Feeding the animals - naked appetiteJoseph is reduced to basic appetites, which Gray fulfils with repeated offers of money, incrementally doled out, and drink, which is eagerly gulped down, all the time lulling him with soft and soothing tones. He is far too simple to see the danger in this deceptive and calculating display of friendliness and hospitality, the (metaphorical) poison in to proffered glass. Gray’s friendly manner confuses him, since he takes his instant capitulation at face value (‘I have made you give me money, and yet you smile’). He certainly doesn’t notice the increasing element of mockery in Gray’s approach as he becomes assured that Joseph is completely taken in by his act. His steady feeding of Joseph’s appetites, which he is unable to resist, is like the feeding of his animals, on which level of existence Gray now locates him. Dumb and compliant.
RaptorGray sits on the table, leaning over as if in confidence, but with the predatory alertness of a raptor, head tilted forward in readiness for attack. Holding out the possibility of a lucrative partnership to Joseph, he says ‘we will, so to speak, Burke them’. Gray has to explain the nature of the neoligism, a piece of popular vernacular arising from the body snatcher’s folkloric infamy. Joseph, through his ignorance of the most common cultural currency, reveals that he is only a recent arrival, having travelled from Lisbon. He is an immigrant worker, in other words, alone and far from home in a cold and alien culture. At this further evidence of his susceptibility and social marginality, Gray opens up and starts to really enjoy himself. He begins a theatrical performance for his captive audience, both out of self-delight and to bedazzle Joseph and throw him further off his guard. He gives a prelude to the impromptu raree-show he’s about to put on, a scene setter before the curtain rises. ‘You may have heard the chapbook singers and peddlers of verse cry their names down the street’. He sings in rhyming couplets, lending the story, as well as his own performance, a gaily ghoulish air (‘the ruffian dogs, the hellish pair/the villain Burke, the meagre Hare’). Joseph obligingly prompts him to fill in details, which conveniently allows the audience to receive a crash course in historical detail of which they may have been ignorant. In explaining their activities, Gray mentions the price of the bodies in combining with the tally of their victims, leaving the net profit from murder uncalculated, but adding ‘that’s good business, Joseph’. He gives him a back-handed pat on the lapel, much as he did upon first meeting Fettes, another example of contact being used to gain advantage over someone, to include them in a sense of conspiratorial camaraderie (or in the case of Mrs Marsh, to hold out the promise of future intimacies in return for assistance rendered). It is human contract as mutual contract.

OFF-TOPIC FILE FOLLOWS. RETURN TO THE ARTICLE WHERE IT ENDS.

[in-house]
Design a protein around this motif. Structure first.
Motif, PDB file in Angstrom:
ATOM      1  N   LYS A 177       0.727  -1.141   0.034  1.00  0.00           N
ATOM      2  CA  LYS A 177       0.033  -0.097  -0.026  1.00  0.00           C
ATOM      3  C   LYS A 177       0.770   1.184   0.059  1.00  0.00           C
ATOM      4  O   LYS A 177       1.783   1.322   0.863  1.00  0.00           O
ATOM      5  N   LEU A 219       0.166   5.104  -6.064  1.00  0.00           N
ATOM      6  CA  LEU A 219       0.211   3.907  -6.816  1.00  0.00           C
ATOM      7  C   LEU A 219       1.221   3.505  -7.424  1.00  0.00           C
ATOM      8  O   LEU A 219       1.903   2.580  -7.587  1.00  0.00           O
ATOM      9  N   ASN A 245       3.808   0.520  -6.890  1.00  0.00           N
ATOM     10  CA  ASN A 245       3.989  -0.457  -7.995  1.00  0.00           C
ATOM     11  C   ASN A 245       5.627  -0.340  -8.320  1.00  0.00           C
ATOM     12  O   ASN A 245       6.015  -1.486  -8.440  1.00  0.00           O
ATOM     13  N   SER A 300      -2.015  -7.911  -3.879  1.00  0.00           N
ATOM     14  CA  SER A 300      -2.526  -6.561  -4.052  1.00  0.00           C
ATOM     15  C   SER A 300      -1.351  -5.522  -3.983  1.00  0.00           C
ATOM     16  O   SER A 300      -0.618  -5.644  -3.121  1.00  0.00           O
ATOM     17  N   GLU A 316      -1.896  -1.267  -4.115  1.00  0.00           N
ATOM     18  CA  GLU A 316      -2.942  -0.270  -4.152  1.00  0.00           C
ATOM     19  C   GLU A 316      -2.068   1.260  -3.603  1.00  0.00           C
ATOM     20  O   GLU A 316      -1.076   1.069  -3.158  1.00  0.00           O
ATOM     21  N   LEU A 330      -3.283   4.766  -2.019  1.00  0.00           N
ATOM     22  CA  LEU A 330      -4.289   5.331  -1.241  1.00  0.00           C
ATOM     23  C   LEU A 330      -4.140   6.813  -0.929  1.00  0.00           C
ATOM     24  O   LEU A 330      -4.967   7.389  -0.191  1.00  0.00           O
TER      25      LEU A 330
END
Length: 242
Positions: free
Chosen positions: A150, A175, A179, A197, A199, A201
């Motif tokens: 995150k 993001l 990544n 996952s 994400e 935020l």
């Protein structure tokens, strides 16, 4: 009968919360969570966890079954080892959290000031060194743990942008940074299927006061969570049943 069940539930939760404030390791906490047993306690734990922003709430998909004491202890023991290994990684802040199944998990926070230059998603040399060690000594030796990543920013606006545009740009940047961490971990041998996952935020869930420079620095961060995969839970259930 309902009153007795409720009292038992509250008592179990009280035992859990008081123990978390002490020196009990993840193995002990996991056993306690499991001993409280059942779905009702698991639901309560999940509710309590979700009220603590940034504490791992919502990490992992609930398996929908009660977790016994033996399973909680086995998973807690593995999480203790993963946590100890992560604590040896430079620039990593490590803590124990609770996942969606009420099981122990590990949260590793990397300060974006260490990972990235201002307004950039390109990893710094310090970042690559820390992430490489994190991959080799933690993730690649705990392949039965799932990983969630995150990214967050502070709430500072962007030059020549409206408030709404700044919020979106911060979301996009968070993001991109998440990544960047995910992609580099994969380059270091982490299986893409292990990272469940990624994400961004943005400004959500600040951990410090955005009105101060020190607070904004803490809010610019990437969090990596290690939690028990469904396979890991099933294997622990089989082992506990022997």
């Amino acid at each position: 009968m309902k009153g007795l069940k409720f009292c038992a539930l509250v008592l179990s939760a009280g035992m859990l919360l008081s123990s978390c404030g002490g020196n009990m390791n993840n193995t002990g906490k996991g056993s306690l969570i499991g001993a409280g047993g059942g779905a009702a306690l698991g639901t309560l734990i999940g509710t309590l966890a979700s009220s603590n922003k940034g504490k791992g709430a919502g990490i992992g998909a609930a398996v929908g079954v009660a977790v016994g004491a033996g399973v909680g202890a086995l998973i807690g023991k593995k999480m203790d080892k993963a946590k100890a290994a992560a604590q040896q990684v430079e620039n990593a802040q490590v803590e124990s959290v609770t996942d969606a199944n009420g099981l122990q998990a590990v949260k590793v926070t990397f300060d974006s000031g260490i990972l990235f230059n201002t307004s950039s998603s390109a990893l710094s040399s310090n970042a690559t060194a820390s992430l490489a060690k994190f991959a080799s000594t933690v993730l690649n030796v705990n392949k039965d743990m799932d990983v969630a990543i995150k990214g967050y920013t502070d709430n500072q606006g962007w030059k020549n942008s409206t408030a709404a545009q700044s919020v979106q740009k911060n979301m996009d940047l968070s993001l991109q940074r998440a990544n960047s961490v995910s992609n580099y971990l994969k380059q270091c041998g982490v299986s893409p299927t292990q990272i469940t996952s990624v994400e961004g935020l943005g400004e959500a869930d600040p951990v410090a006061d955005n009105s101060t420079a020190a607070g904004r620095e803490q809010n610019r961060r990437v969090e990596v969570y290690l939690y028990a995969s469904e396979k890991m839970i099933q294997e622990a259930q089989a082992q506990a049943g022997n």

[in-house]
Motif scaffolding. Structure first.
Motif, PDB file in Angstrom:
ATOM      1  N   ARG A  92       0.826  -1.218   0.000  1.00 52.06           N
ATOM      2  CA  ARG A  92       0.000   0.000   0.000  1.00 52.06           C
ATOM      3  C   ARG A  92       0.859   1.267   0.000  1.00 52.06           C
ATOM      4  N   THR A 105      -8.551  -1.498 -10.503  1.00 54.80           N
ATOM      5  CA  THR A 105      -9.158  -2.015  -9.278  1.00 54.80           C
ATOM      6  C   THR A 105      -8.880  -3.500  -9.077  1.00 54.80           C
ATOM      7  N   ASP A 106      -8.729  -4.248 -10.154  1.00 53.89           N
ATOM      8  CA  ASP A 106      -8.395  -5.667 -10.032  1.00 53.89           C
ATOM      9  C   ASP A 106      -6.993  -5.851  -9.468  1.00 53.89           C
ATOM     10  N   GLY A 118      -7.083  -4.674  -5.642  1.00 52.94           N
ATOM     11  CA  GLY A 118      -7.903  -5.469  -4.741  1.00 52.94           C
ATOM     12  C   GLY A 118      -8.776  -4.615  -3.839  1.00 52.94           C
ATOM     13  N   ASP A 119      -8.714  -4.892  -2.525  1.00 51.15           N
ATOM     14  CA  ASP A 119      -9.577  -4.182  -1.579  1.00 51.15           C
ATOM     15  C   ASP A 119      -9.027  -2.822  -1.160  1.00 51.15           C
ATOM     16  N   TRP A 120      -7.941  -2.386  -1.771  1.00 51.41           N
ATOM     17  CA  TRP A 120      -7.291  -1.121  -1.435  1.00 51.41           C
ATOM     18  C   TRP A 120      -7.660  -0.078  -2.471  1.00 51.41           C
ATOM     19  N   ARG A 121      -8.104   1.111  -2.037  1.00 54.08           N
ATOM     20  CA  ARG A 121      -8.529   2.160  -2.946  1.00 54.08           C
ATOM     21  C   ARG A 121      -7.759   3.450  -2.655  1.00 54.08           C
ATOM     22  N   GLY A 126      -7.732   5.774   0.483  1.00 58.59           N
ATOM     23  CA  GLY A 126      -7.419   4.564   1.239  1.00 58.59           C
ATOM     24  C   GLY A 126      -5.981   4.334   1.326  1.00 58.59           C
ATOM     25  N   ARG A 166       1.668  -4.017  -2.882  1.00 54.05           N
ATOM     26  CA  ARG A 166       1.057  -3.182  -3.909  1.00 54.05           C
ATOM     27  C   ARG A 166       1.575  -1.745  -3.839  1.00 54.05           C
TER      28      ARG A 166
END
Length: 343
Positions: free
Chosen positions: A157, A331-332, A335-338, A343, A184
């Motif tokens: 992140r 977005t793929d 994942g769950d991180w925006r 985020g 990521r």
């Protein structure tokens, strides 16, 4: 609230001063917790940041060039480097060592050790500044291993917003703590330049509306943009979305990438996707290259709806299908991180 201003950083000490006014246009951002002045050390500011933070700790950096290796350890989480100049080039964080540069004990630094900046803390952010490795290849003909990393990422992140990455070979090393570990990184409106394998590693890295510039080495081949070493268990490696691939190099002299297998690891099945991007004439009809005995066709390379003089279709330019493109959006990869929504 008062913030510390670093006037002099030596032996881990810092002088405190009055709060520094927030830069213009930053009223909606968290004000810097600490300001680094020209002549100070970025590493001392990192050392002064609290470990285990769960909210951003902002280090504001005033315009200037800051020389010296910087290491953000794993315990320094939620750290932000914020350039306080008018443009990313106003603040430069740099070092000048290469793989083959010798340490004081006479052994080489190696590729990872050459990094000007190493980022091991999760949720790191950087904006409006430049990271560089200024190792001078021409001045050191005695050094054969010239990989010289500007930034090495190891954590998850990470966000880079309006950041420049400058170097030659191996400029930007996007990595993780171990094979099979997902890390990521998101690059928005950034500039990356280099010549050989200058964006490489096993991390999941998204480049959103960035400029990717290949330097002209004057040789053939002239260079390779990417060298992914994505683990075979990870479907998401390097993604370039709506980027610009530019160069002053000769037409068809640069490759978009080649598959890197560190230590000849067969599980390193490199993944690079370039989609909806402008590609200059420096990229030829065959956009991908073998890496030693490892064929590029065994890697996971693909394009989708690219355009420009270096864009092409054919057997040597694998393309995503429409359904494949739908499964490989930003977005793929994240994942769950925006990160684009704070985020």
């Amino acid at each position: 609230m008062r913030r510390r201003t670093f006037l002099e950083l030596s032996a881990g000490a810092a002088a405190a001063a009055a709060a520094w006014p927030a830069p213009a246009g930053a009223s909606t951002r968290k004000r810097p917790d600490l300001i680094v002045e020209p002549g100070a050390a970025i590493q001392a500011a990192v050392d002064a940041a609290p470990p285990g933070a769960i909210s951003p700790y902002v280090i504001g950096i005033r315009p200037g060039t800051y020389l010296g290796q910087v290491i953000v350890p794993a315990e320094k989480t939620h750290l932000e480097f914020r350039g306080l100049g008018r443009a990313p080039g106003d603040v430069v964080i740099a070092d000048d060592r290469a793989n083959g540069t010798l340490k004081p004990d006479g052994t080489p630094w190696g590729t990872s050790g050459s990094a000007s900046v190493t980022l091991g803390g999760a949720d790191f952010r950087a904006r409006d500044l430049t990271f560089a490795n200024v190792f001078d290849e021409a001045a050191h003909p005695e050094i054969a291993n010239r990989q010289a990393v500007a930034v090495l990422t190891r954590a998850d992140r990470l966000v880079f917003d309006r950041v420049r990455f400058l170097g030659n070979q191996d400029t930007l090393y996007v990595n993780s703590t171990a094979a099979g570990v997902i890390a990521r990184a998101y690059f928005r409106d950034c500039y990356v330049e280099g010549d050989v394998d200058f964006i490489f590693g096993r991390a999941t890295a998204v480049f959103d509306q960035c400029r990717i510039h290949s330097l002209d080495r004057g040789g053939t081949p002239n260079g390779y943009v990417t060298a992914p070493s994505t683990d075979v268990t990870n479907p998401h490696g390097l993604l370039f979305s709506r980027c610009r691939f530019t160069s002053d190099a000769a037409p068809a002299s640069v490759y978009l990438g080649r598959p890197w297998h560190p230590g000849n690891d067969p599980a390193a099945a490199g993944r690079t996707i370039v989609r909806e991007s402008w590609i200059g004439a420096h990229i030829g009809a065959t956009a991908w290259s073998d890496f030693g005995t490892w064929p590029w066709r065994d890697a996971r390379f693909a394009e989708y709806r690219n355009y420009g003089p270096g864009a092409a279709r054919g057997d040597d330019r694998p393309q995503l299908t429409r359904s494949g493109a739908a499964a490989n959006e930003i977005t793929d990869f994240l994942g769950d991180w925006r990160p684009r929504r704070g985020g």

Dance of death - enjoying the performanceGray changes the tone of his performance, dropping the rhyming and telling the story of Hare as if it were personal reminiscence, speaking of him with a hushed awe and then beginning to play out the role himself. The changing nature of Gray’s act offers a glimpse of the different ways in which street performers might have told their stories or related news in a dramatic fashion. As he tells of the events leading up to the demise of ‘Madame Tosspot’, he is clearly relishing his performance, and delighting in Joseph’s ignorance of the fact that he is being given a step by step prelude to his own death. Joseph asks what they did then, mesmerised by Gray’s acting, little realising that he is himself being drawn into the performance, as the boundary between life and art becomes blurred. Prompting the next stage in the story, he is as good as inviting his own death. Gray resumes the rhyming ballad mode, its pre-determined patterns and driving rhythms propelling the story towards its conclusion. Gray is all but dancing around Joseph by now, as his stupefied guest professes ‘I don’t understand the song’. It is a dance of death in which he revels in the incomprehension of his victim at the foretelling of his own incipient fate which the story is unfolding. He plays with him as his cat might toy with a helpless mouse.